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Finger and Thumb Supports

Finger and Thumb Supports

How often do you use your fingers and thumb? Or maybe it is more appropriate to ask how often you rest them. The fact is, your hands are one of the most abused parts of your body. They are used to do just about everything, every day.

If you walk too far, your feet get tired and so you need to rest them. Once you reach the office, your feet can often take the backseat, especially if you are doing a desk job. However, the same cannot be said for your hands, no matter what area of work you are in, as they have no right to get tired. Lunch or a quick snack break would be your most feasible solution. However, you do still have to use your hands to eat.

As a result of all this, finger and hand injuries are common nowadays. They are also called trivial injuries. However, do not be fooled by the word “trivial” because untreated finger and/or thumb fracture or sprain do have significant functional consequences if not treated properly. Remember that you will not get a replacement finger or thumb if the one you have becomes non-functional anymore.

These trivial hand and finger injuries come in a wide spectrum that it is easy to assume and hard to diagnose without medical guidance. The good news is that most of these finger and hand injuries are treatable by non-operative procedures, mainly through the use of supports in the form of slings or splints. Other non-surgical treatments include gentle reduction and therapies.

Have you been experiencing unusual sensations in your fingers and thumb? Are they unusually stiff and painful at times? If you know you have been using your thumb and fingers abusively throughout the years and you are feeling such unusual things, then it is high time you have them checked by a medical professional to address your concerns.

It isn’t only injuries which finger braces can help. You may be affected by trigger finger, rheumatoid arthritis, ehlers danlos, or tendonitis.

A common mistake that most people make is thinking that the sprain and minute fractures should heal on its own. What people today must keep in mind is that there is no such thing as overtreatment, but there is the risk of permanent disability for neglected injuries. Get professional help to decide which medical brace you require.

How to Effectively Treat Finger and Thumb Injuries

The main purpose of treating any sort of finger and/or thumb complaint is to bring back the normal functionality of the problematic finger and possibly prevent any further complications or more serious condition. Surgery is the last resort in such cases because of the increased risk for more complications and fear that it might do more harm than good.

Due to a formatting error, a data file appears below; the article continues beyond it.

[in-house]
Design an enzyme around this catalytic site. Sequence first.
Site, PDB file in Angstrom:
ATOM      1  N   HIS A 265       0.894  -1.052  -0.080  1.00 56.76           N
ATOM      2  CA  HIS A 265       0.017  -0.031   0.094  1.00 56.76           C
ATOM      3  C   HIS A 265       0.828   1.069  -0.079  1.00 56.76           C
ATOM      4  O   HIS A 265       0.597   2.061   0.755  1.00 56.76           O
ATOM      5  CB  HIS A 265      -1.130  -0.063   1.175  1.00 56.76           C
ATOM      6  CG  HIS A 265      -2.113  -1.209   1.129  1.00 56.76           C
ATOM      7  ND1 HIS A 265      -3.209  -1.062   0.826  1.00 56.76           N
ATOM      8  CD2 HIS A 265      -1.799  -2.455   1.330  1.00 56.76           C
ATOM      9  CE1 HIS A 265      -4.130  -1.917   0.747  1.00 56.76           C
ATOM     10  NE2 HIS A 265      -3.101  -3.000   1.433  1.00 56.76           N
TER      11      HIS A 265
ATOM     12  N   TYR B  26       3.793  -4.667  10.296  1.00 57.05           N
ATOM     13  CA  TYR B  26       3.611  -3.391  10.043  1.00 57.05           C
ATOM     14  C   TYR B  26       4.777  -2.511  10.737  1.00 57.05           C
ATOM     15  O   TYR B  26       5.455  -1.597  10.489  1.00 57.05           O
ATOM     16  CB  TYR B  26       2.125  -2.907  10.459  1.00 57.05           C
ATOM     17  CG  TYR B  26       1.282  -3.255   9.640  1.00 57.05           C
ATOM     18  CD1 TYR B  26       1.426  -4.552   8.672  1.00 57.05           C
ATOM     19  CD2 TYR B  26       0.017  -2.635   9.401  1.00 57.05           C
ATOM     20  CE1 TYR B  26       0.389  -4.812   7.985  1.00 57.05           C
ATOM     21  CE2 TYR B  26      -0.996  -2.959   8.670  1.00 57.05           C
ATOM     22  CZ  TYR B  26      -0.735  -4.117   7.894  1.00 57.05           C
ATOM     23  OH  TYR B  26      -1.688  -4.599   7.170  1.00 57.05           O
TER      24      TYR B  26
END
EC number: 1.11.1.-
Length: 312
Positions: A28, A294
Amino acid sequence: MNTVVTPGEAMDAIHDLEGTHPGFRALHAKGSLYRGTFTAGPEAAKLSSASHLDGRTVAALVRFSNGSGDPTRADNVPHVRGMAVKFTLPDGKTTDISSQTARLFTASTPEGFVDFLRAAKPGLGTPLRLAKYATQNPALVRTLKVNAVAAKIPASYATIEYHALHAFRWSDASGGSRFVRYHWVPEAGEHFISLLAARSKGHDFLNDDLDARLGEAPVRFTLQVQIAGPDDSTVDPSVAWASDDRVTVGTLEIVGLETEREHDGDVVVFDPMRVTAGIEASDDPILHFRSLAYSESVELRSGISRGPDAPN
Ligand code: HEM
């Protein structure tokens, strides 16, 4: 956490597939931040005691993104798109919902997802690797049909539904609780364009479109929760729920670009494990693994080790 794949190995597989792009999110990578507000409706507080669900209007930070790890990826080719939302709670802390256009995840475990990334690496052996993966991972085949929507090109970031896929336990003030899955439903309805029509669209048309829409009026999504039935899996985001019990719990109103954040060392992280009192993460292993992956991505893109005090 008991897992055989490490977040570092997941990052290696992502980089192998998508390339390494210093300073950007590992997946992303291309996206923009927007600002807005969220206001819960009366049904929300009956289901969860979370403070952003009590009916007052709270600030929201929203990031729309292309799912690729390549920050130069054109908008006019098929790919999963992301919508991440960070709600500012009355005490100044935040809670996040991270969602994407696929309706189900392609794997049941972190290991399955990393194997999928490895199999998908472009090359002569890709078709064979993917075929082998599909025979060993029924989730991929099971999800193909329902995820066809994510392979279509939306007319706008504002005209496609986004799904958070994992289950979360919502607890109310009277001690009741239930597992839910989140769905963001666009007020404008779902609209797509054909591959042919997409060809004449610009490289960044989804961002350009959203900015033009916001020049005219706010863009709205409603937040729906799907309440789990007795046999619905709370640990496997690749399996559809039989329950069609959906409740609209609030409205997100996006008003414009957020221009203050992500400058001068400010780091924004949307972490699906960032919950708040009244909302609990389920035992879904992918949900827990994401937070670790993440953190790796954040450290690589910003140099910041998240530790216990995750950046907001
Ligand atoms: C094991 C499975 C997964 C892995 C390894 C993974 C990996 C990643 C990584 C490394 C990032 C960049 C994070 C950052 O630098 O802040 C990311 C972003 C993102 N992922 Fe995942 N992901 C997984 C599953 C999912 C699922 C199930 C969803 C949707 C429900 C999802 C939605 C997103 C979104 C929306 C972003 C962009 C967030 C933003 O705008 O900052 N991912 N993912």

Researchers have concluded that immobilization of fingers for at least a minimum of four weeks can lead to more problematic stiffness but the splinting of fingers and thumbs which allows small motions of the affected fingers achieves amazing results.

A popular treatment is closed reduction which is performed for digital fractures and severe misalignments. This is done by performing axial traction commonly followed by the reversal of the deformity. The fingers are then inspected for stability and will most likely be splinted, or buddy taped until it heals fully. X-rays are generally needed for better diagnosis of such serious injuries. But for the more common finger and thumb injuries, here are the common practices:

Distal Phalangeal/Tuft Fractures

This is a very common finger injury that results from crushing, thus, producing a significant soft tissue injury. The most common sign for this type of fracture is a subungual hematoma in the proximal half of the nail bed (most likely where the finger or nail is crushed).

If your nail plate remains intact, you are lucky because that could serve as your splint. But if you are not lucky enough and your nail plate is cracked or totally crushed, then you may need to have a small finger splint in the distal phalanx. The splint may include the DIP or distal interphalangeal joint but not the PIP or proximal interphalangeal joint.

The splint should give protection to the injured finger until the pain fully resolves. It must also be noted that decreased function can be expected for as long as six months which is why continues care and therapy is necessary.

The splints commonly recommended for this type of fracture are a typical clamshell splint, L-shaped Alumafoam splint, and/or tight circumferential taping which should last for two to three weeks.

Mallet Fractures

This is the most common injury among the family of distal phalangeal base fractures. It is also known as the baseball finger since it usually happens as a result when a ball (or any other object) strikes the tip of the finger causing it to bend over. As a result, you will instantly see the fingertip drooping, and it would not be straightened easily.